30 January 2014

Question For Any Pilots

Help...if anyone out there knows the answers I'd really appreciate it:

If the aircraft (my flight HAL457 from HNL to HND ) is flying into headwinds ranging from 50-175 mph, such that even though the indicated airspeed is as high as 580 mph but the net ground speed is as low as 380 mph, why not take a slightly different route or altitude?  We were between FL 360 to FL 380 for most of the flight.  Does the plane fly efficiently with this much headwind for so much of the flight?  From what I understand the return flight from Japan to Hawaii will take only about 6 to 7 hours so there's lots of sense in that. But 9 hours into headwinds that would lift a Cessna 172 up off the ground with zero ground speed?


aviatorhi said...

The indicated airspeed won't ever get as high at 580 mph (also it would be in knots, not mps, but I digress)...

Depending (mainly) on your Flight Level and other atmospheric conditions you'll end up with something like 240-320 KIAS (knots indicates airspeed; and the higher you are the lower the speed). Depending on the type of airplane the cruise "speed" will be anywhere between mach .74 and .94, a 767 would be around .80 to .82.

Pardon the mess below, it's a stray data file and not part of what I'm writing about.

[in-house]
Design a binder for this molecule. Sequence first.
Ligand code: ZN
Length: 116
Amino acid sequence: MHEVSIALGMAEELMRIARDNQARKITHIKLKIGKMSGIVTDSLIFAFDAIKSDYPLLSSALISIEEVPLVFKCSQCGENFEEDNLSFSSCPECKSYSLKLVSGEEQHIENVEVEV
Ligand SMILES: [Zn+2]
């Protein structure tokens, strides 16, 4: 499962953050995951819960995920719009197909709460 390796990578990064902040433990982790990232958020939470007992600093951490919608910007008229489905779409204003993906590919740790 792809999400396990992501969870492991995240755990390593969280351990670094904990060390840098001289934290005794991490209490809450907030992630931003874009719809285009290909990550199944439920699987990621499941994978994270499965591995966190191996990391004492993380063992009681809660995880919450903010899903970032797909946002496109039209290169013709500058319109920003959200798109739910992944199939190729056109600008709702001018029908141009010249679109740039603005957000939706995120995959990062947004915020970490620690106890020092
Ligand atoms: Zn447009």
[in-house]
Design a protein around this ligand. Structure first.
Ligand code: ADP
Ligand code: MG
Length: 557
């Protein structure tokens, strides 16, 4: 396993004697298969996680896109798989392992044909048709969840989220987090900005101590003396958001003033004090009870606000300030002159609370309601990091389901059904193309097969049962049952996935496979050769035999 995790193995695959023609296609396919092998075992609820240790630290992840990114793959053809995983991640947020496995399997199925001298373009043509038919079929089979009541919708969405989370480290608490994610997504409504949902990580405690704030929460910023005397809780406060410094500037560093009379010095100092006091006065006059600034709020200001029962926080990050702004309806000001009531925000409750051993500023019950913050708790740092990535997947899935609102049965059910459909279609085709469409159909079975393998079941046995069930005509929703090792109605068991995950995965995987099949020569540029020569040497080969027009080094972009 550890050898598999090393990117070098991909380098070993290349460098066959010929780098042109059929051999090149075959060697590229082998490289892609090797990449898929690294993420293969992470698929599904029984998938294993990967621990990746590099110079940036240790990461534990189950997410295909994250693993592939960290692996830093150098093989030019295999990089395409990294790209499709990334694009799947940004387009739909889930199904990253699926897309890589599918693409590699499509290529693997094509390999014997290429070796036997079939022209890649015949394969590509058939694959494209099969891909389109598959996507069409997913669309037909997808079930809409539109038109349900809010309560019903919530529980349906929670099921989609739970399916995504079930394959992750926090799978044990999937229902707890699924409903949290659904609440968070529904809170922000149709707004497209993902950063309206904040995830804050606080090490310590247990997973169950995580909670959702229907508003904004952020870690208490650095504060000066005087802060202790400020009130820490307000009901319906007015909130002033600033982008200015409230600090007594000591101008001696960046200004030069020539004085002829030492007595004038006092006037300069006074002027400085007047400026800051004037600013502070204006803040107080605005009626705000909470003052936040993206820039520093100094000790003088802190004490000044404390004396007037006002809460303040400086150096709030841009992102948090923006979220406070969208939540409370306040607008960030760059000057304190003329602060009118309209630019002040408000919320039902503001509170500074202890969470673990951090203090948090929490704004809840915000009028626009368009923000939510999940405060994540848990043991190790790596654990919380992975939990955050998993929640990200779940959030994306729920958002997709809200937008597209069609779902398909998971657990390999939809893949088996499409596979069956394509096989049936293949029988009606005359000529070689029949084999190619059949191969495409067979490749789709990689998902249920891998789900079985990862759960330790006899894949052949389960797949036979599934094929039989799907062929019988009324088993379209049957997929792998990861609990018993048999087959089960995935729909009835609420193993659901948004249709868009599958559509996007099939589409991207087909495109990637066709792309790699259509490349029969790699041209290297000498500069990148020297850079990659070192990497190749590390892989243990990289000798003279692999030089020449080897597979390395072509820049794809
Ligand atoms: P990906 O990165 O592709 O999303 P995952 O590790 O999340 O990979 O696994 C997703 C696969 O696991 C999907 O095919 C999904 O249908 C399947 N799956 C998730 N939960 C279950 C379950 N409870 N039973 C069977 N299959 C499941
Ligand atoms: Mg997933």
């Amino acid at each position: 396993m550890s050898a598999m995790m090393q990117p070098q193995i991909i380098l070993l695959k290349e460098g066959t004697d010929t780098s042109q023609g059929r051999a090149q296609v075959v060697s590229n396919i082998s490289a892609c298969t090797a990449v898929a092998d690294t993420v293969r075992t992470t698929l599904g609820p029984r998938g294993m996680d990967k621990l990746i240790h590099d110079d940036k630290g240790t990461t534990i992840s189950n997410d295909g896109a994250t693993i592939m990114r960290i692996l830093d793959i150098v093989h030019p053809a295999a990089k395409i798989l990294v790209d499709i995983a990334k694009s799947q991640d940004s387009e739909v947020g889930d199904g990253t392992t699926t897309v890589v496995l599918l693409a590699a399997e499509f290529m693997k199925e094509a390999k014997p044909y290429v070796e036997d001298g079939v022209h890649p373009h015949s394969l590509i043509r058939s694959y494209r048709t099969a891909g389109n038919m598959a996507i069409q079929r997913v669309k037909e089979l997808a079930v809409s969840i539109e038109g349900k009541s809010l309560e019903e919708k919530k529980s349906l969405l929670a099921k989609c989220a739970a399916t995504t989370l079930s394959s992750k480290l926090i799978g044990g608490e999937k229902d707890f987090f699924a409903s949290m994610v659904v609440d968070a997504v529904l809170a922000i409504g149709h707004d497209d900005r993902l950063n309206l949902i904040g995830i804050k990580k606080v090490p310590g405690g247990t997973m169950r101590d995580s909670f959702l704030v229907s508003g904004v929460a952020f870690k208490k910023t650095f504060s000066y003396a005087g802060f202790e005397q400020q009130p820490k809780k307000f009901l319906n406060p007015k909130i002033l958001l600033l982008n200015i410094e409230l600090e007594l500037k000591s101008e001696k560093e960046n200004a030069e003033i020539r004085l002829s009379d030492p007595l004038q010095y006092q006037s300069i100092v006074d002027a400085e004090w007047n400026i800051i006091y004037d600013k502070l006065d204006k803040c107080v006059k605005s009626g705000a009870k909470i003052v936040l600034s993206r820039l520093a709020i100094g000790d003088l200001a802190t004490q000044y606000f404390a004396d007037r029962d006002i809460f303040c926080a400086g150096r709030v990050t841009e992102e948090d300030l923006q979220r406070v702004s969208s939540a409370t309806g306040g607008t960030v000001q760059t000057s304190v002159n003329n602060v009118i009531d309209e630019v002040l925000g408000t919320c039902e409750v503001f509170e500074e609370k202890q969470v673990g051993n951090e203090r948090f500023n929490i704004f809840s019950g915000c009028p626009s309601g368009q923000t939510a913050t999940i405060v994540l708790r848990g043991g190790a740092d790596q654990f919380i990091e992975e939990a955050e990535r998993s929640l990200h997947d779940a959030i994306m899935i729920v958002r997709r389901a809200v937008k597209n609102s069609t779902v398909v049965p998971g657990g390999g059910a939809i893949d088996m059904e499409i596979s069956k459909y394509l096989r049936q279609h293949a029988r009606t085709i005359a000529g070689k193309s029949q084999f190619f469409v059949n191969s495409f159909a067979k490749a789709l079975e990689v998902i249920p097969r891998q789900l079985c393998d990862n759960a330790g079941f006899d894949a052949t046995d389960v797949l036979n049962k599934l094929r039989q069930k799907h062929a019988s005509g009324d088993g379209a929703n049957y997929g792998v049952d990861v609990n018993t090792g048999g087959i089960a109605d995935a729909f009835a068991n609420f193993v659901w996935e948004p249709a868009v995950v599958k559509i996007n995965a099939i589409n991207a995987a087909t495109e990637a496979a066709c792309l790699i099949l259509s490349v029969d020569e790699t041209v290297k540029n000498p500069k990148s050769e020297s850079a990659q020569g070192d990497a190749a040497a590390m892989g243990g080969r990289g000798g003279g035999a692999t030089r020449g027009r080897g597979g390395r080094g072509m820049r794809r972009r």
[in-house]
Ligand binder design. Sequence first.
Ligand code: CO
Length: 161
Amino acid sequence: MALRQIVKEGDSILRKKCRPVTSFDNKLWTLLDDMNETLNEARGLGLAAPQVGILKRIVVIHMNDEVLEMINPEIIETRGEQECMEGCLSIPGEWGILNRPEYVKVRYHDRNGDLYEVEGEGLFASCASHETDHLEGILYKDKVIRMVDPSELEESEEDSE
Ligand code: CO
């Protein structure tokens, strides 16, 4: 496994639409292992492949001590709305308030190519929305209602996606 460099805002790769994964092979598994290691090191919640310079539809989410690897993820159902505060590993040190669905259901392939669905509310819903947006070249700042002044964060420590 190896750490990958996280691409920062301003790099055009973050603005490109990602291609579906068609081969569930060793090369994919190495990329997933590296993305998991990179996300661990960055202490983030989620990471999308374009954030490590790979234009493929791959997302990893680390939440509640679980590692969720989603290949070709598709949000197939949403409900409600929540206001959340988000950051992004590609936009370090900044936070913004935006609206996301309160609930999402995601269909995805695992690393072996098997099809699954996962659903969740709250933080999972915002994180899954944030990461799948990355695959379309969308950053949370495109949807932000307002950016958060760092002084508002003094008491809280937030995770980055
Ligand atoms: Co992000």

Anyway, now that I digressed all over the place... If you were going to Japan on the 29th or 30th you would have needed to fly 3-4 hours out of the way to get slightly more favorable winds for the crossing, all in all it would have ended up being a wash.

Anonymous said...

Generally, dispatch will choose the optimum level for the cruise. It's common in winter to have winds as you describe from the West from Hong Kong all the way up through Japan. Occasionally, shorter flights will end up as low as flight level 260 in order to take advantage of lower winds, thus shorter sector times. The good news is that the return from HND should be lightning fast with that winter tailwind.

Anonymous said...

Let's leave indicated airspeed out of this for now as it's basically just along for the ride e.g. at Mach .82 @ FL 360 KIAS is somewhere around 260 or so.

The A330 flight planned cruise airspeed is Mach .82. Dispatchers and pilots will discuss all options available prior to departure. Alternate routing and altitudes would be part of this discussion. The Jetstream where those high winds come from is normally very wide. It's hard for you know but it's entirely possible your flight was actually on an alternate route and flying at the optimal altitude as well.

Typically the A330 likes to get high and stay high as soon as possible. At higher altitudes the fuel burn is lower, at lower altitudes the TAS is higher so there is a trade off there.

Rest assured the cockpit crew did everything possible to minimize the strong headwinds you experienced as well as working with dispatch and other aircraft to keep the ride as smooth as possible.

MD-11 pilot said...

We go the most direct route.